In addition to shutting out the Capitals’ power play, the Hurricanes also kept Alex Ovechkin, the League leader in goals and points, off the board.
"If you can shut (Ovechkin) down or contain him a little bit, you're going to be successful against these guys," Cole said.
Sharks 2, Blue Jackets 1 (OT) | Video
Evgeni Nabokov stood on his head for two periods, making 26 of his 31 saves, and Joe Thornton rewarded him with his League-leading 30th win of the season when he scored on a power play 1:49 into overtime at HP Pavilion.
|San Jose's Joe Thornton is congratulated by his teammates after scoring the game winner in the overtime.|
After Dan Fritsche was sent off for hooking, it took Thornton just 14 seconds to connect off a pass from Sandis Ozolinsh, beating Columbus goaltender Fredrik Norrena and allowing San Jose to keep pace with Anaheim in the Pacific Division.
"Obviously, Nabby won this game," Thornton said. "For some reason, we didn't have it, but we won. Now we owe Nabby a good game."
Marcel Goc scored in the first period for the Sharks, who managed only five shots on Norrena in the first 40 minutes. Nabokov, meanwhile, was under siege constantly by a Blue Jackets offense that did everything but put the puck in the net.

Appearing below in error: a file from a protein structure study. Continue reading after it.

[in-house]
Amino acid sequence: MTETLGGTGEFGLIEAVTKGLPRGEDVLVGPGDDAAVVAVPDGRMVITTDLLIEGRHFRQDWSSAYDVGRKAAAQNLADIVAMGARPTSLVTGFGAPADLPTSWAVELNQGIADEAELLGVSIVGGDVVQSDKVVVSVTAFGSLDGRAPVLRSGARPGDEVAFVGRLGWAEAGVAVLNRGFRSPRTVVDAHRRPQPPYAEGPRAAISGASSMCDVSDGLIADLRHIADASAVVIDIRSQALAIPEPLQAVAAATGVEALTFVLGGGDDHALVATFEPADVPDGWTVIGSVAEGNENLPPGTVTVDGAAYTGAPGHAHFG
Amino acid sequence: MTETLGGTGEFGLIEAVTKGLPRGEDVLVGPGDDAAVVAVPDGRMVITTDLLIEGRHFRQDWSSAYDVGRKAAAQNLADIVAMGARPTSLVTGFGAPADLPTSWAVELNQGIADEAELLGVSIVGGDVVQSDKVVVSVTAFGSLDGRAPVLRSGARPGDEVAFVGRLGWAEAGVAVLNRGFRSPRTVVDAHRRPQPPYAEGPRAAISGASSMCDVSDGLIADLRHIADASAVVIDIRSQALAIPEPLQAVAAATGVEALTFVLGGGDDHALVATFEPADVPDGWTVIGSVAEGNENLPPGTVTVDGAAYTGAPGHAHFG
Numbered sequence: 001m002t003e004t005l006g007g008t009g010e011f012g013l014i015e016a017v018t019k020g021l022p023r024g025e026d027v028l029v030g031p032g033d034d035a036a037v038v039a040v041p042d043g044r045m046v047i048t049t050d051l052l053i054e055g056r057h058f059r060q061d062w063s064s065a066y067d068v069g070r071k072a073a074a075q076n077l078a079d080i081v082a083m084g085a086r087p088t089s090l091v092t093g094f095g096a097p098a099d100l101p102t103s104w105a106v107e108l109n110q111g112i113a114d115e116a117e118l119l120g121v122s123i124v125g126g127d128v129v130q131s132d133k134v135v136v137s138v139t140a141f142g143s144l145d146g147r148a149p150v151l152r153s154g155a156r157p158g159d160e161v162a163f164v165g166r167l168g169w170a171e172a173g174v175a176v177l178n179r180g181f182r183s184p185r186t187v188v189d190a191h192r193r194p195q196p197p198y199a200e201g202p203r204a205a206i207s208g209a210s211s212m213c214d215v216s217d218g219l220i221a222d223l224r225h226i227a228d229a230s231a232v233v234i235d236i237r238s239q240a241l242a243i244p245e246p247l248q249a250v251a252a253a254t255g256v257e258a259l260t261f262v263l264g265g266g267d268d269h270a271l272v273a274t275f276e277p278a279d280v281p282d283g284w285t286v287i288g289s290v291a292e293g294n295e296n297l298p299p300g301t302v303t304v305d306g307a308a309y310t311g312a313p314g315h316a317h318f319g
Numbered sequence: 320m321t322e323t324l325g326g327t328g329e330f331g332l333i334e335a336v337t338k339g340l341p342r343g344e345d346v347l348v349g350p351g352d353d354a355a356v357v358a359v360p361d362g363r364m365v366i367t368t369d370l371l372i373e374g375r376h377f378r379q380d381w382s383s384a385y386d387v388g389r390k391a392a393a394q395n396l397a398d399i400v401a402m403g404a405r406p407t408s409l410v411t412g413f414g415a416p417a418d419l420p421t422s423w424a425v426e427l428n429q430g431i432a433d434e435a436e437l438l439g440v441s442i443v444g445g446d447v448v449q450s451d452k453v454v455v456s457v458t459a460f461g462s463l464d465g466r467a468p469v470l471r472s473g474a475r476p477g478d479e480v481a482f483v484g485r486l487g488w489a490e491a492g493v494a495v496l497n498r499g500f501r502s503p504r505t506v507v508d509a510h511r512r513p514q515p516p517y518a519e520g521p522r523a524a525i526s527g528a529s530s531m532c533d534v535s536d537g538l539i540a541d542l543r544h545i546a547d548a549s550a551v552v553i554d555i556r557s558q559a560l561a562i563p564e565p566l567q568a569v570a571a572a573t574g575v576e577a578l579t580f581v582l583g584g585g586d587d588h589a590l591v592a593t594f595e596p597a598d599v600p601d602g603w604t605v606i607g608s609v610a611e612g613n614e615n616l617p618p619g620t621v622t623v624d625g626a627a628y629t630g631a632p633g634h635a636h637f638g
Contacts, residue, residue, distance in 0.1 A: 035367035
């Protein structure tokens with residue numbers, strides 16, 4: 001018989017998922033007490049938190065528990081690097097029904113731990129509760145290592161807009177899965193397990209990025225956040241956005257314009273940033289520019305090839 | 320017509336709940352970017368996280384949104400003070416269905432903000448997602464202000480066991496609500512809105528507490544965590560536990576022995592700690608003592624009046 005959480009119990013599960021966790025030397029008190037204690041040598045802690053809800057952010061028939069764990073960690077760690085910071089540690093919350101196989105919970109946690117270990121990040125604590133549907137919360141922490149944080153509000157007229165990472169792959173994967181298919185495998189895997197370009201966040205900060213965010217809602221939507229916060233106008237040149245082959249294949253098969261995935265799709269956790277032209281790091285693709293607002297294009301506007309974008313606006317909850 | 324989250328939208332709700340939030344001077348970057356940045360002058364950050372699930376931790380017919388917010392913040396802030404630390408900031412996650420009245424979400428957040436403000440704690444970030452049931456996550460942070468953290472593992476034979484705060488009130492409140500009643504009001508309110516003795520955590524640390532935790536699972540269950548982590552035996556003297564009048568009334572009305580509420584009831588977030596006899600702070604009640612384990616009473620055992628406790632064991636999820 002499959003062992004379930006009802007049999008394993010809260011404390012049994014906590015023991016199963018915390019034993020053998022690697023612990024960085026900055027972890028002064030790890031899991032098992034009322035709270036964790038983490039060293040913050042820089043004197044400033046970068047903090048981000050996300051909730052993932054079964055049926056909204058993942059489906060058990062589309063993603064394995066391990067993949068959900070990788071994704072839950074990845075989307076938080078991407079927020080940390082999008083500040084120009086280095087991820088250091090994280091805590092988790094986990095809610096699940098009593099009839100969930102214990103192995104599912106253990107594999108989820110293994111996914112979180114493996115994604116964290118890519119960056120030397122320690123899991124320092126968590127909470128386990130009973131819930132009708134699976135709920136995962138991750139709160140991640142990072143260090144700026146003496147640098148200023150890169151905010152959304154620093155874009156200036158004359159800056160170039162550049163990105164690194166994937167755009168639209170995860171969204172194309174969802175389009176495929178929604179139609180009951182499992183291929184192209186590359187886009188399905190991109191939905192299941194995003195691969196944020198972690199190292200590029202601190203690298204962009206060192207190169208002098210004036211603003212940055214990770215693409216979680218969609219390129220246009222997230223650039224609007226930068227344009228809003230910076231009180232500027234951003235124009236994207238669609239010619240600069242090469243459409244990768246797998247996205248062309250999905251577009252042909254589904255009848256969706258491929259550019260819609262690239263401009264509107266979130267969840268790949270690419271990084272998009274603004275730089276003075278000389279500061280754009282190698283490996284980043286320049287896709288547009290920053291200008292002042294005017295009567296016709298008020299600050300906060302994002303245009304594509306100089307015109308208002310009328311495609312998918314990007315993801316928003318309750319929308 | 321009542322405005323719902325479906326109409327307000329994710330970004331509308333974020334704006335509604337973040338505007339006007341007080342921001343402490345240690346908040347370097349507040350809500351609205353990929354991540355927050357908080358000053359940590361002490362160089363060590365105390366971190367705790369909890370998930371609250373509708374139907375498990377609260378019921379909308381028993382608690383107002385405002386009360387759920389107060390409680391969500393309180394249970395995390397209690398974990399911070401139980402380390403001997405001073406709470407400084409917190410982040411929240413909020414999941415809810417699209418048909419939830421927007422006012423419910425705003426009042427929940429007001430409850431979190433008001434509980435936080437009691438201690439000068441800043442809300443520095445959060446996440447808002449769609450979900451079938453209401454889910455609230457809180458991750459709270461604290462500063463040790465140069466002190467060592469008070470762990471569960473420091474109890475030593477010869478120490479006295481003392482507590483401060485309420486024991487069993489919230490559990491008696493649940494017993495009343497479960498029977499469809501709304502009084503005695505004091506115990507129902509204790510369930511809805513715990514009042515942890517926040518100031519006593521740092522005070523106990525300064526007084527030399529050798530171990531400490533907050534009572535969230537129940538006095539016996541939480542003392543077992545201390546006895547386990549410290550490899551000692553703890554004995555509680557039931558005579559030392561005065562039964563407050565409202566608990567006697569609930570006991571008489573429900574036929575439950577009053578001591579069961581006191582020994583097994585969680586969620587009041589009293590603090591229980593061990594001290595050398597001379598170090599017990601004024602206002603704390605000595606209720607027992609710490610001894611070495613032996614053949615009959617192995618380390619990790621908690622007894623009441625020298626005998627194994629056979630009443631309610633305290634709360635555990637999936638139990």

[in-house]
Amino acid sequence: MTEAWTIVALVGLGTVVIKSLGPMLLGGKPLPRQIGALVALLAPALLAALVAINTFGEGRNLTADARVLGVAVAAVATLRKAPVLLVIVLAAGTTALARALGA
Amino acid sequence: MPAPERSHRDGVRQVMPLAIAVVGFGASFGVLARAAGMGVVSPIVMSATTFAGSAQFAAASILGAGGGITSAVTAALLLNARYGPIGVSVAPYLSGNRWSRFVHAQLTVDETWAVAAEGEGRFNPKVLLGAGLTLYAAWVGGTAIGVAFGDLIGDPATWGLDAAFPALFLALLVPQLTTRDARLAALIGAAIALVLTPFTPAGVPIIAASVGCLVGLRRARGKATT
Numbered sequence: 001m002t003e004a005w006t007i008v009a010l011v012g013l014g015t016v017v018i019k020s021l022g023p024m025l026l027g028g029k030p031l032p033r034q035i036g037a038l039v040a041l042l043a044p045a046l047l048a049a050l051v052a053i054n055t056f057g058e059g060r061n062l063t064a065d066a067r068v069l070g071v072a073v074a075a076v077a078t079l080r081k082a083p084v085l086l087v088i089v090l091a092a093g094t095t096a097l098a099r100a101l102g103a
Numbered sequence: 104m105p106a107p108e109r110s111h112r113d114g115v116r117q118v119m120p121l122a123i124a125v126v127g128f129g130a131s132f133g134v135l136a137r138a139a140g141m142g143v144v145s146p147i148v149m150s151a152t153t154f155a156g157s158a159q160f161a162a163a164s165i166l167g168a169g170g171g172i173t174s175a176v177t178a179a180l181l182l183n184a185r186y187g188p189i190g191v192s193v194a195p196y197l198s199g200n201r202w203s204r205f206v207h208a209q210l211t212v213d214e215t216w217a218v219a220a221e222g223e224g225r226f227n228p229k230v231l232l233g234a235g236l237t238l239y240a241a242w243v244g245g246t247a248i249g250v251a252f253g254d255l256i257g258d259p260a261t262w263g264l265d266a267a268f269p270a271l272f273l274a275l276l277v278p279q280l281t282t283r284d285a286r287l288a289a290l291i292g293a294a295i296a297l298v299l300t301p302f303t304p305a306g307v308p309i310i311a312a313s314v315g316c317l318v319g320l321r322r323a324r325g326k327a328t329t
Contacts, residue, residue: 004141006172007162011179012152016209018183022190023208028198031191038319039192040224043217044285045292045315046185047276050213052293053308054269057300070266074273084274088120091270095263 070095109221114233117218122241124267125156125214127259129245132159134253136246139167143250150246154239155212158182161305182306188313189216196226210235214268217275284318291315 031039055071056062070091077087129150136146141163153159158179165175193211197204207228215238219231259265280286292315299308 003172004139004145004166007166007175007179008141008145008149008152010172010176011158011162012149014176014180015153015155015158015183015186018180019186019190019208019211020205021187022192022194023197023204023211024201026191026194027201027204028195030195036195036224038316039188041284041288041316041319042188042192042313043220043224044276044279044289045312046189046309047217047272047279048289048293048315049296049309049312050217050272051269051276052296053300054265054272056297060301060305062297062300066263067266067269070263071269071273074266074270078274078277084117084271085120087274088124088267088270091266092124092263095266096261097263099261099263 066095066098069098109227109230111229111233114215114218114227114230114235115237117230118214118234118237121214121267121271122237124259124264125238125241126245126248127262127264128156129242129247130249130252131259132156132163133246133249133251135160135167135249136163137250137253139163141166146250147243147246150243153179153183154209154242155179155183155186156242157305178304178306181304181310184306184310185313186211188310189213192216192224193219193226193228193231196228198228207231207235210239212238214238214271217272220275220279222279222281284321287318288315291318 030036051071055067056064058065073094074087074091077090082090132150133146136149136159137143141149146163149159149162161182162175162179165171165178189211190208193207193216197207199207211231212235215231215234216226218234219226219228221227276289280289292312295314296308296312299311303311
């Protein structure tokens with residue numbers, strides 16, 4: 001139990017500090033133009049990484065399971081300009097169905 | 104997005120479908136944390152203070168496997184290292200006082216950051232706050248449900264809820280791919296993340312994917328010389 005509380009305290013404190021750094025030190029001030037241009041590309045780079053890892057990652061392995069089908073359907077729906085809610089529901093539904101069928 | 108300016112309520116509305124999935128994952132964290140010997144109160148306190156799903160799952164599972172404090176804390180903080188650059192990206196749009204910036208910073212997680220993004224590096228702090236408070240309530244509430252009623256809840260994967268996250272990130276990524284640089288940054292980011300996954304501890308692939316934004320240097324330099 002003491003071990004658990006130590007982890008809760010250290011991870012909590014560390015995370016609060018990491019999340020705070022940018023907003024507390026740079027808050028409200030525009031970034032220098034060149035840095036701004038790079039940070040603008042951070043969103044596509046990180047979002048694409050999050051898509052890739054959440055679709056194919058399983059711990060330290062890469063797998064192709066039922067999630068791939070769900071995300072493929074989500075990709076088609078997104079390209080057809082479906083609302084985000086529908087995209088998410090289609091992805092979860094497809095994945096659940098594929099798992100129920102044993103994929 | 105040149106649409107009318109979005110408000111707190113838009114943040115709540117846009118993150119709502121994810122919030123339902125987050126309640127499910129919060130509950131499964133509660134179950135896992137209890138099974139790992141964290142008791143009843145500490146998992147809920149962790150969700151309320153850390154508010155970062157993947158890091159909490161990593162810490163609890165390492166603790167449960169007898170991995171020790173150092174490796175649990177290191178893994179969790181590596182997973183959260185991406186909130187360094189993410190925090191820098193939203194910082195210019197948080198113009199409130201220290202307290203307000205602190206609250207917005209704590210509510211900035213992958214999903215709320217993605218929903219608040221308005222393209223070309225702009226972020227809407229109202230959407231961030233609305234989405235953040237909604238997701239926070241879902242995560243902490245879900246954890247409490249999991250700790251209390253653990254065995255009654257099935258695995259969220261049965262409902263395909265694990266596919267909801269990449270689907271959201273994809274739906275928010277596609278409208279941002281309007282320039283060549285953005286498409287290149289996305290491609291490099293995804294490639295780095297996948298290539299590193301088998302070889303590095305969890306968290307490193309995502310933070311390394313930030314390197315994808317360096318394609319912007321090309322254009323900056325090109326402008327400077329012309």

Rick Nash was awarded a penalty shot 13:03 into the second period after San Jose winger Milan Michalek closed his hand on a loose puck in the crease. Nash made several moves while skating in on Nabokov, but the veteran goalie poke-checked him at the last moment to preserve the San Jose lead.
"That's why I'm there, to make the key saves," Nabokov said. "That's why I'm there, to basically do my job and keep the zeros on the board. I was feeling well. I don't know if I was in the zone. I don't like to use that word. You try to play every game like this, every period."